Bollywood Bar & Clay Oven

Dining To Go

There is something completely intoxicating about Indian food with its mélange of spices and flavors. Over the years, it’s become the go-to takeout choice and a comfort food for my family, despite our Midwest roots. So eight weeks into the shelter-in-place order, I was talking with proprietor Sonu Chandi and mentioned my passion for the cuisine and he said they’d be opening Bollywood Bar & Clay Oven in downtown Santa Rosa for takeout and delivery, and invited me to stop by for a trial run before officially opening for business. And just like that, the world suddenly seemed a little brighter early one evening, in the midst of a pandemic, when I arrived for a carryout order in mid-May with my mask in place, observing social distancing etiquette.

Indian food has a lot of soul, and it’s usually a revelation when people try it for the first time. My youngest son, Davis, was introduced to chicken tikka masala when he was 10, and after that, he was hooked. When we’d order takeout, he had a habit of leaning over his plate to draw in the aromatic mix of spices before diving in with a fork, and when he finished, I’d look away, pretending not to see when he licked the plate clean (yes, like a dog), because honestly, if I was 10, I might’ve joined him with gusto. His older brother, Daniel, then 12, was also a great fan of the dish, but later moved on to other entrees during his teen years, such as lamb rogan josh, chana masala and mushroom matar.

I’ve never had the opportunity to write twice about a restaurant in this column. In October last year, I wrote about my dine-in experience here, but unprecedented times call for novel approaches these days. So if you haven’t tried Bollywood yet, it’s my pleasure to introduce you to some of my favorite dishes and the restaurant’s new dining-to-go menu, celebrating the flavors of India. Or, as co-proprietor and general manager Sunny Chandi describes it, “Indian food with a modern twist.”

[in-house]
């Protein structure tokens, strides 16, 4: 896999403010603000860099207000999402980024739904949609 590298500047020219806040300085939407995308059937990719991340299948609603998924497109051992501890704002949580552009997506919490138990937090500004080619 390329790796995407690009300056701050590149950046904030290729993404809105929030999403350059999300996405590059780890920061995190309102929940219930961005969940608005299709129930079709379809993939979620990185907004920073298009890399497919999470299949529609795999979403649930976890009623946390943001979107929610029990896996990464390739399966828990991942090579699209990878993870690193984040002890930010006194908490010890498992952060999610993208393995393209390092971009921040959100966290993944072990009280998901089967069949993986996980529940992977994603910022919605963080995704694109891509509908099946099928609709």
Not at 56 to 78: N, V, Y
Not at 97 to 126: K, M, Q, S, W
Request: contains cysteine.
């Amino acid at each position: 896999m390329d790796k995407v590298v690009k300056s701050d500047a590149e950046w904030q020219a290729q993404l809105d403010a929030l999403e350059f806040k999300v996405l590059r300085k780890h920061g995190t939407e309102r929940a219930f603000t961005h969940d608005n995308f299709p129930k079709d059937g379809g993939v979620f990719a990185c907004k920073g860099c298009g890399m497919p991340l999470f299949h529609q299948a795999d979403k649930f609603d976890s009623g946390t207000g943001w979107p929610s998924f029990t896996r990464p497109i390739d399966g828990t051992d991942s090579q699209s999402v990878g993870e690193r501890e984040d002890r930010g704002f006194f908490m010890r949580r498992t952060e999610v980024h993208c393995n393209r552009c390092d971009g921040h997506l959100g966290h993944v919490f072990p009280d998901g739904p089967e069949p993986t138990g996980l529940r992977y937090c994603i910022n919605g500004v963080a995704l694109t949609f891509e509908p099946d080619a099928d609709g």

For starters or snacks, I highly recommend the crispy cauliflower, served with paneer, a signature dish at Bollywood, which can be ordered vegan-style, sans the paneer (a curd-like cheese). Other great starters include the yellowfin tuna behl, puffed rice mixed with tamarind chutney and cilantro; the rock shrimp aloo tikka, a concoction of shrimp, ginger, garlic, green onion and cilantro, fried potato-cake style; or the vadouvan lamb chops seared with a crust, thanks to a rich, savory paste of shallots, garlic, cinnamon and cloves.

Bollywood’s takeout menu includes a variety of spirited beverage choices, as well as non-alcoholic options such as chai tea and lassi (a sweet, yogurt-based drink). But if you’re looking for a cocktail-to-go, my personal favorite is the Bardoli Buck, a garden in a glass, made with vodka, bitters and ginger beer, which is bold, tasty and refreshing. Served in a Mason jar, there’s plenty for two.

For families new to the cuisine and looking for adventure, try the family meal and introduce your kids to the flavors of India. It includes large orders of two entrees—chicken tikka masala and palak panner. The chicken tikka is made with chunks of roasted marinated chicken in a rich, spice curry sauce that is creamy and delicious and a great dish to try for first-timers. The palak paneer is a vegetarian dish. When translated it literally means palak (spinach) and paneer (cheese). With a spinach-tomato base and a range of spices, turmeric, ginger and coriander, this is so delicious that you’d never guess it’s a power food, providing all sorts of nourishing goodness in each bite. The family meal includes rice, two orders of naan (plain and garlic), and two chutneys (the flavor enhancers of Indian food). The family meal serves four to six people and is priced at $77. If you want to try a side, try the charred corn, a crowd pleaser.

If you prefer to customize your takeout, there are numerous options online with descriptions, such as the turmeric marinated salmon, pan-seared and served in a butternut squash coconut curry sauce; and the lamb kofta, grilled lamb meatballs made with parsley, cashews, cilantro and red pepper.

This summer, as shelter-in-place orders are eased in phases, and the community adjusts to a new normal, remember to support local business. On the way out with my bag of carryout, I encountered father-daughter Chris and June Grabill, who stopped by to pick up mango lassis and chicken tikka masala, which made me smile and remember all those evenings when I took a break from cooking and my two young sons discovered the flavors of India. I’ll be back soon when my sons arrive from LA and San Francisco for their annual summertime visit. They’ve already placed their request for carryout night, and it’s Bollywood dinner.

 

By Karen Hart